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Honors Program Faculty Information

More than just teaching an Honors class

The Honors Program is successful when we have faculty in numerous disciplines across campus who contribute in significant ways to the success of the program.

A woman with brown hair wearing glasses and pink and purple striped shirt holding a row boat oar with plaques on it.

Faculty can participate in the Honors experience at CMU in a number of ways, including the following:

  • Propose to teach an Honors course.
  • Advise a Capstone Project.
  • Sponsor an Honors Contract.
  • Invite Honors students to assist you with your scholarship/research.
  • Accompany an Honors student to a professional conference.
  • Serve on the Honors Council or Honors Committees.
  • Participate as a reviewer in the Centralis Scholarship selection process.
  • Attend Honors events.
  • Propose Honors courses that integrate study away and study abroad options.


Capstone advising

  • The Honors Capstone Project is the culminating Honors experience. There is an expectation that the quality is such that the end result be publishable in a professional journal or worthy of presentation at a professional conference. 
  • Advising an Honors Capstone Project is usually a two semester commitment: one semester the student should plan the proposal with the guidance of their faculty advisor, and another semester working with their faculty advisor to bring the project to completion.
  • Once the proposal has been approved by the Honors Program, the student then enrolls in HON 499. 
  • Once the project is completed, faculty advisors will fill out the Honors Capstone Project Advisor Grading and Assessment Form to submit a letter grade to the Director of the Honors Program who will submit the letter grade to the Registrar's office. Upon successful completion of the Honors Capstone Project, funds will be transferred to the faculty advisor's departmental professional development fund.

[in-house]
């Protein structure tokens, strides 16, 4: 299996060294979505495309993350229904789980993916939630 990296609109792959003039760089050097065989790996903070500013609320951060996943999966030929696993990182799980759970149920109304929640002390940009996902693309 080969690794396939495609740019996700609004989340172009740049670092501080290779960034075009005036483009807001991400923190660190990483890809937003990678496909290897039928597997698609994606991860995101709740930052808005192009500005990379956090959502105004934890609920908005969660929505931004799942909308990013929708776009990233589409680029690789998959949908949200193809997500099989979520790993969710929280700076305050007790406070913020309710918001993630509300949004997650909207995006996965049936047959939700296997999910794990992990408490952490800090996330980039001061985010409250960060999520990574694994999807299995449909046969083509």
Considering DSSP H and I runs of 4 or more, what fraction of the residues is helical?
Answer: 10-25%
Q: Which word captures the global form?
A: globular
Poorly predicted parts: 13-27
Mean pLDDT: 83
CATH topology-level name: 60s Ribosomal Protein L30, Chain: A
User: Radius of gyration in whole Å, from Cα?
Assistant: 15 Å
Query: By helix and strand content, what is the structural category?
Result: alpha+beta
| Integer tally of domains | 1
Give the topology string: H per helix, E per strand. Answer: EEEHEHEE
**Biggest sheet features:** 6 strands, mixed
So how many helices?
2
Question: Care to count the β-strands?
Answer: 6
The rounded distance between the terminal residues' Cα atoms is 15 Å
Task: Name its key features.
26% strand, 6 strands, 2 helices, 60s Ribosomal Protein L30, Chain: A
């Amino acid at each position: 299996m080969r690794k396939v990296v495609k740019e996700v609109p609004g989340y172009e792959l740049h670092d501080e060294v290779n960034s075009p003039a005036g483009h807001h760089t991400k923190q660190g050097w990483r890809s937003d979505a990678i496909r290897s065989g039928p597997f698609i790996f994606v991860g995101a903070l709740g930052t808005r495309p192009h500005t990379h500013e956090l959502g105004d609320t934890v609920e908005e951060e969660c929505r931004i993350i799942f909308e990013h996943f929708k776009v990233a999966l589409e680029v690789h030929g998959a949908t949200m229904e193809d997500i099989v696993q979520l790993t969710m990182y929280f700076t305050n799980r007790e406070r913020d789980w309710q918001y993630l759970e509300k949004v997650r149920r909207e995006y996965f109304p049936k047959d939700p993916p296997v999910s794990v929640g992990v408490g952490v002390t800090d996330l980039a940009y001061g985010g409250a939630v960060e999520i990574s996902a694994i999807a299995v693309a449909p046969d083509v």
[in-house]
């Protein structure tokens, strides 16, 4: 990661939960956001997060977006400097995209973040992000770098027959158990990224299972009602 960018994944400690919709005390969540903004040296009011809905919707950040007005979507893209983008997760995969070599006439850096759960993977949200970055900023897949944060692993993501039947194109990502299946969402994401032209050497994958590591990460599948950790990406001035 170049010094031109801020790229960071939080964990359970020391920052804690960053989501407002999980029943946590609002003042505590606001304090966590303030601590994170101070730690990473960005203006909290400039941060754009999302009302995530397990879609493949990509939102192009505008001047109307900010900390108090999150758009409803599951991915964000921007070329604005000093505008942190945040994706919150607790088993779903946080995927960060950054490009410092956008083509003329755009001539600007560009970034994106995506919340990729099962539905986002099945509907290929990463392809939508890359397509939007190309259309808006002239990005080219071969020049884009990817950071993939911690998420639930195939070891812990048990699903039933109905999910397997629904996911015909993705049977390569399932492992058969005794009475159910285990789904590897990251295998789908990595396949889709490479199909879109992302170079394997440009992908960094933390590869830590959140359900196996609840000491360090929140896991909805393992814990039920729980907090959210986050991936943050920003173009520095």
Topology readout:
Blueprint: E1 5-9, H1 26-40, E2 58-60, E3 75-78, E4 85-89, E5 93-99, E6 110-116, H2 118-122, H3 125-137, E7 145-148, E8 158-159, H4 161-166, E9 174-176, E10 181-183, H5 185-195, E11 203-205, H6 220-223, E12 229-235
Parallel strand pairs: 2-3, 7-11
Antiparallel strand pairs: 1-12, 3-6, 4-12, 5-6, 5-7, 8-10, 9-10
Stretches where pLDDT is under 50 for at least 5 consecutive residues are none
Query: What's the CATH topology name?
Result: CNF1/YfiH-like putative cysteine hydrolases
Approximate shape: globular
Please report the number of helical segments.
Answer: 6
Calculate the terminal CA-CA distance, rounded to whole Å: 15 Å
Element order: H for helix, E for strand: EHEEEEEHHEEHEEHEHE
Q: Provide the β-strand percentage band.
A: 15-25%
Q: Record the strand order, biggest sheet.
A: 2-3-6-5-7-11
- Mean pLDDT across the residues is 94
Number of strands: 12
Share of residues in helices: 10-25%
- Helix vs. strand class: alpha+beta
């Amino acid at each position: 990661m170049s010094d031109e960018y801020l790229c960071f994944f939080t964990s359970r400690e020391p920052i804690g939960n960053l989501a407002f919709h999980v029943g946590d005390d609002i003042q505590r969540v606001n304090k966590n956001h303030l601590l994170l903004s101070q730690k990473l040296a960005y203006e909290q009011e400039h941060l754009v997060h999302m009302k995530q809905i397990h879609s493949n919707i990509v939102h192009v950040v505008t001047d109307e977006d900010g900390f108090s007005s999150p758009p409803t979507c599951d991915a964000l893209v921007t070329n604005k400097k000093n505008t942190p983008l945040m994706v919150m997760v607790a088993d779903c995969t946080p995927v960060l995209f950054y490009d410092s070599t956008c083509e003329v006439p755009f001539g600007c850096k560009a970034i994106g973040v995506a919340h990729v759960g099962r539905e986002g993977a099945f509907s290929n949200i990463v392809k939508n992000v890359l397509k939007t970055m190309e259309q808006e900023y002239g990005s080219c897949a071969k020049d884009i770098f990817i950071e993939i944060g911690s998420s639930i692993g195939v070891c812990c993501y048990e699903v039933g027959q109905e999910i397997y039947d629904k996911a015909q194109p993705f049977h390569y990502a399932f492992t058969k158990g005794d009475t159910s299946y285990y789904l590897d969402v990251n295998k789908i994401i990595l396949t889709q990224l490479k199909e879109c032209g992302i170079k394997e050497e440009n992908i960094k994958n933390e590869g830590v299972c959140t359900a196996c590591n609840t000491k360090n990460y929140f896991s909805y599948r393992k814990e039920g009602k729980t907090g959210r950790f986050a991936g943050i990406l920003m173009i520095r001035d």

Honors contracts

While most Honors students complete their Honors requirements at CMU by taking special H-designated Honors courses (i.e. BIO 101H), there are times when students seek to complete their Honors requirements in a non-Honors course. This is called an Honors Contract. Here are some facts to know about Honors Contracts:

  • Contracts can only be arranged for courses at the 300-level or above.
  • The deadline is always the end of the second week of the semester.
  • The student is responsible for 1) meeting with the faculty member to fill out the Honors Contract form, 2) obtaining the faculty member's signature, and 3) submitting it to
  • The Honors faculty member monitors the additional work the student has agreed to complete.
  • As long as the student has 1) earned a B- or higher in the class and 2) has completed the additional work described in the contract, the faculty member will submit an "H" along with the student's letter grade to the Registrar's office at the end of the semester. (ex: the professor would submit a B-H instead of a B-).
  • The additional Honors work should demonstrate initiative beyond syllabus expectations, produce a tangible outcome beyond that completed by non-Honors students, and incorporate a process of extended inquiry and/or independent research.
  • Contractual activities might include but are not limited to: supplementary readings, analyses or projects; attendance at appropriate related educational activities; independent research or self-instruction; and/or classroom or professional presentations or performances. The Honors Program recommends that contracts include a minimum of 5 pages of writing in addition to course requirements.

Honors contract